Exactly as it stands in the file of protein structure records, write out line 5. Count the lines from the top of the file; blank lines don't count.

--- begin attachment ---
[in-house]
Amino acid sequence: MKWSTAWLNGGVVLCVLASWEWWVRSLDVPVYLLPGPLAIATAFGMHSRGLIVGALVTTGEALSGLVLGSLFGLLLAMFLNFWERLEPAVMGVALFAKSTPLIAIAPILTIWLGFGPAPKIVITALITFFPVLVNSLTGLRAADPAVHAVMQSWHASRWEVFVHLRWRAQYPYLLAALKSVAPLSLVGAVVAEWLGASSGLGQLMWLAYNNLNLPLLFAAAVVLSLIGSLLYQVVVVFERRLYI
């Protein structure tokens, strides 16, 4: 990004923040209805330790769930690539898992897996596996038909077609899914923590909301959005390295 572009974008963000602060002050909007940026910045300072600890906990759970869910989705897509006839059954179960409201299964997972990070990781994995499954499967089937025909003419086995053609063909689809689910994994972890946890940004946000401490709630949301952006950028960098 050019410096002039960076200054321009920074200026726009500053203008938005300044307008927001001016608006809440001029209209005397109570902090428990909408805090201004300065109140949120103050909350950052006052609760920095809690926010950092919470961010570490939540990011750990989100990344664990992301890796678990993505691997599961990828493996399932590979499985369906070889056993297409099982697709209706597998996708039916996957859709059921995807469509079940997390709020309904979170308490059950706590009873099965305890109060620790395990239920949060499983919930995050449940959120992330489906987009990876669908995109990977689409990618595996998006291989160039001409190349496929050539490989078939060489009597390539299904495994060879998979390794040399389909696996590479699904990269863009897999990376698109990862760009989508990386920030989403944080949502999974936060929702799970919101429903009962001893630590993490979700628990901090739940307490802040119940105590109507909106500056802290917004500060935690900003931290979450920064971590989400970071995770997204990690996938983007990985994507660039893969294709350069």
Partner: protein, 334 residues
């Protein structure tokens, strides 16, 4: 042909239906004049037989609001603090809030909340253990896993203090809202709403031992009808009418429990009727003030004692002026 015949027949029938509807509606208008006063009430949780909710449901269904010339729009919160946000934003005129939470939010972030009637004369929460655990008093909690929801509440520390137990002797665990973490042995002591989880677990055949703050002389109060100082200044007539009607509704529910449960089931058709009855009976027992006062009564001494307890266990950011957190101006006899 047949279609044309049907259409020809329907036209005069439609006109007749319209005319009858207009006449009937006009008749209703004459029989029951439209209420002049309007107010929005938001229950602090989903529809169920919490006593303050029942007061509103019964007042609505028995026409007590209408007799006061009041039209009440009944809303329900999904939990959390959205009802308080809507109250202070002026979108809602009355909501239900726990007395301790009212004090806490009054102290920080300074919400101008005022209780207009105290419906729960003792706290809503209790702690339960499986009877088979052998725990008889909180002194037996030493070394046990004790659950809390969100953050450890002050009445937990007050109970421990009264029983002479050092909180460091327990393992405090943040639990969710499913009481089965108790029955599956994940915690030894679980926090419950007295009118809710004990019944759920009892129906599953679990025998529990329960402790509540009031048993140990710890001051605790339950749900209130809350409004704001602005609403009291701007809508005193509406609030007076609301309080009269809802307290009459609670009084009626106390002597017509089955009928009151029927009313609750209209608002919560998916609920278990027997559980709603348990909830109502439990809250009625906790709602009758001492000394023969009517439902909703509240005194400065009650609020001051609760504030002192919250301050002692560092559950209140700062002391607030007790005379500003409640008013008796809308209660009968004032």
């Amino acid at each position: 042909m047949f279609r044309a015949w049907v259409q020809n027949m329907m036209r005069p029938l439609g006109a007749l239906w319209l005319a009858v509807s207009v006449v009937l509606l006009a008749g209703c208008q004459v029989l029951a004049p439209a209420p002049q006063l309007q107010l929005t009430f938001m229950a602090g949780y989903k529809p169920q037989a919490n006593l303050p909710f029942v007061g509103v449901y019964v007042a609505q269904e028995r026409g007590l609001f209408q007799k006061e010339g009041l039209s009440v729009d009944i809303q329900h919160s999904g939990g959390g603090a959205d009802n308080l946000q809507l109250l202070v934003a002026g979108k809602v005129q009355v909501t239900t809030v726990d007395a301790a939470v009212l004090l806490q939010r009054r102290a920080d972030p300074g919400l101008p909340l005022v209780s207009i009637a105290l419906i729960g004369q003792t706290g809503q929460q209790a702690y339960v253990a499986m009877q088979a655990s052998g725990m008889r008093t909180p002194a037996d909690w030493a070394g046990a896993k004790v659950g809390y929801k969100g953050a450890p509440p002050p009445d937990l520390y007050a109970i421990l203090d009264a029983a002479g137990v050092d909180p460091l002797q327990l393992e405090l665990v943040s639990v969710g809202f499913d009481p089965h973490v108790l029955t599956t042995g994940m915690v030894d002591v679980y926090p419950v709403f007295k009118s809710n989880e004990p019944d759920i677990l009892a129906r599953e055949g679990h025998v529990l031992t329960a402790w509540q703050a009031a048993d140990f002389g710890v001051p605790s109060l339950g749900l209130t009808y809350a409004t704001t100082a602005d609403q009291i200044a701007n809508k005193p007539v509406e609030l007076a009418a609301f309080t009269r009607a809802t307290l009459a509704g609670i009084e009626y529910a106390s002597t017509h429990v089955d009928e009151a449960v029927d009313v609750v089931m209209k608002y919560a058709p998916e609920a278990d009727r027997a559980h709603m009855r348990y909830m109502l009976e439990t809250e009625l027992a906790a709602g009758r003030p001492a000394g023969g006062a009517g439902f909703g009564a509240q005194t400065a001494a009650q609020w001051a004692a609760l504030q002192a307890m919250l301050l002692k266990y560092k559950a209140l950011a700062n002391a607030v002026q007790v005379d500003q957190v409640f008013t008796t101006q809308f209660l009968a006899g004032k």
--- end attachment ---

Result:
């Protein structure tokens, strides 16, 4: 042909239906004049037989609001603090809030909340253990896993203090809202709403031992009808009418429990009727003030004692002026 015949027949029938509807509606208008006063009430949780909710449901269904010339729009919160946000934003005129939470939010972030009637004369929460655990008093909690929801509440520390137990002797665990973490042995002591989880677990055949703050002389109060100082200044007539009607509704529910449960089931058709009855009976027992006062009564001494307890266990950011957190101006006899 047949279609044309049907259409020809329907036209005069439609006109007749319209005319009858207009006449009937006009008749209703004459029989029951439209209420002049309007107010929005938001229950602090989903529809169920919490006593303050029942007061509103019964007042609505028995026409007590209408007799006061009041039209009440009944809303329900999904939990959390959205009802308080809507109250202070002026979108809602009355909501239900726990007395301790009212004090806490009054102290920080300074919400101008005022209780207009105290419906729960003792706290809503209790702690339960499986009877088979052998725990008889909180002194037996030493070394046990004790659950809390969100953050450890002050009445937990007050109970421990009264029983002479050092909180460091327990393992405090943040639990969710499913009481089965108790029955599956994940915690030894679980926090419950007295009118809710004990019944759920009892129906599953679990025998529990329960402790509540009031048993140990710890001051605790339950749900209130809350409004704001602005609403009291701007809508005193509406609030007076609301309080009269809802307290009459609670009084009626106390002597017509089955009928009151029927009313609750209209608002919560998916609920278990027997559980709603348990909830109502439990809250009625906790709602009758001492000394023969009517439902909703509240005194400065009650609020001051609760504030002192919250301050002692560092559950209140700062002391607030007790005379500003409640008013008796809308209660009968004032």